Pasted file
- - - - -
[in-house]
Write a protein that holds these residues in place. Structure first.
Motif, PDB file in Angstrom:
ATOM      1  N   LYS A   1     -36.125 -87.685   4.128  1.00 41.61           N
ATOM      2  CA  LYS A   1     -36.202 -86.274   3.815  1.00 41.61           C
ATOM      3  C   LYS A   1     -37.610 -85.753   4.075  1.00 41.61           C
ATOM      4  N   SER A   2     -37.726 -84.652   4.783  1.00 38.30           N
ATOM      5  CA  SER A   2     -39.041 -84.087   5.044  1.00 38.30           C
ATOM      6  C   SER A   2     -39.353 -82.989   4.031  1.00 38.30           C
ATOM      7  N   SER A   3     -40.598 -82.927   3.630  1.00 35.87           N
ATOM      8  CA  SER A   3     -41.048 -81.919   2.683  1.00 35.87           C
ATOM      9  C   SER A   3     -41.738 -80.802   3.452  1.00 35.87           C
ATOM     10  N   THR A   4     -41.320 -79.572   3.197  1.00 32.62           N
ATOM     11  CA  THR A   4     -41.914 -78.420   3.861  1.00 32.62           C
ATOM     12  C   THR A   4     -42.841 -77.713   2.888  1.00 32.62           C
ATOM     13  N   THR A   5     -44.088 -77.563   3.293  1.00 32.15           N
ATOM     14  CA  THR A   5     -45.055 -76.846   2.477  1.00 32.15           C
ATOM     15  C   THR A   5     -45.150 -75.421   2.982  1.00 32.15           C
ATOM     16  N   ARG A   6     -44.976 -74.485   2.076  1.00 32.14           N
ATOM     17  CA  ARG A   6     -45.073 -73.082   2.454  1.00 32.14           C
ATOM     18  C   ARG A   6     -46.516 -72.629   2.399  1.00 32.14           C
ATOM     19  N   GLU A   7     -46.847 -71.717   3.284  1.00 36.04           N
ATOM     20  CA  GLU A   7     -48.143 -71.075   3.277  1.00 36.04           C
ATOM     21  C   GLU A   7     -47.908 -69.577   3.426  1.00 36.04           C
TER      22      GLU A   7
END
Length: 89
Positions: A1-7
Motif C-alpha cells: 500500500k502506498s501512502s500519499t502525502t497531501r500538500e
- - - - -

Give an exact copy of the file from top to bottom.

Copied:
[in-house]
Write a protein that holds these residues in place. Structure first.
Motif, PDB file in Angstrom:
ATOM      1  N   LYS A   1     -36.125 -87.685   4.128  1.00 41.61           N
ATOM      2  CA  LYS A   1     -36.202 -86.274   3.815  1.00 41.61           C
ATOM      3  C   LYS A   1     -37.610 -85.753   4.075  1.00 41.61           C
ATOM      4  N   SER A   2     -37.726 -84.652   4.783  1.00 38.30           N
ATOM      5  CA  SER A   2     -39.041 -84.087   5.044  1.00 38.30           C
ATOM      6  C   SER A   2     -39.353 -82.989   4.031  1.00 38.30           C
ATOM      7  N   SER A   3     -40.598 -82.927   3.630  1.00 35.87           N
ATOM      8  CA  SER A   3     -41.048 -81.919   2.683  1.00 35.87           C
ATOM      9  C   SER A   3     -41.738 -80.802   3.452  1.00 35.87           C
ATOM     10  N   THR A   4     -41.320 -79.572   3.197  1.00 32.62           N
ATOM     11  CA  THR A   4     -41.914 -78.420   3.861  1.00 32.62           C
ATOM     12  C   THR A   4     -42.841 -77.713   2.888  1.00 32.62           C
ATOM     13  N   THR A   5     -44.088 -77.563   3.293  1.00 32.15           N
ATOM     14  CA  THR A   5     -45.055 -76.846   2.477  1.00 32.15           C
ATOM     15  C   THR A   5     -45.150 -75.421   2.982  1.00 32.15           C
ATOM     16  N   ARG A   6     -44.976 -74.485   2.076  1.00 32.14           N
ATOM     17  CA  ARG A   6     -45.073 -73.082   2.454  1.00 32.14           C
ATOM     18  C   ARG A   6     -46.516 -72.629   2.399  1.00 32.14           C
ATOM     19  N   GLU A   7     -46.847 -71.717   3.284  1.00 36.04           N
ATOM     20  CA  GLU A   7     -48.143 -71.075   3.277  1.00 36.04           C
ATOM     21  C   GLU A   7     -47.908 -69.577   3.426  1.00 36.04           C
TER      22      GLU A   7
END
Length: 89
Positions: A1-7
Motif C-alpha cells: 500500500k502506498s501512502s500519499t502525502t497531501r500538500e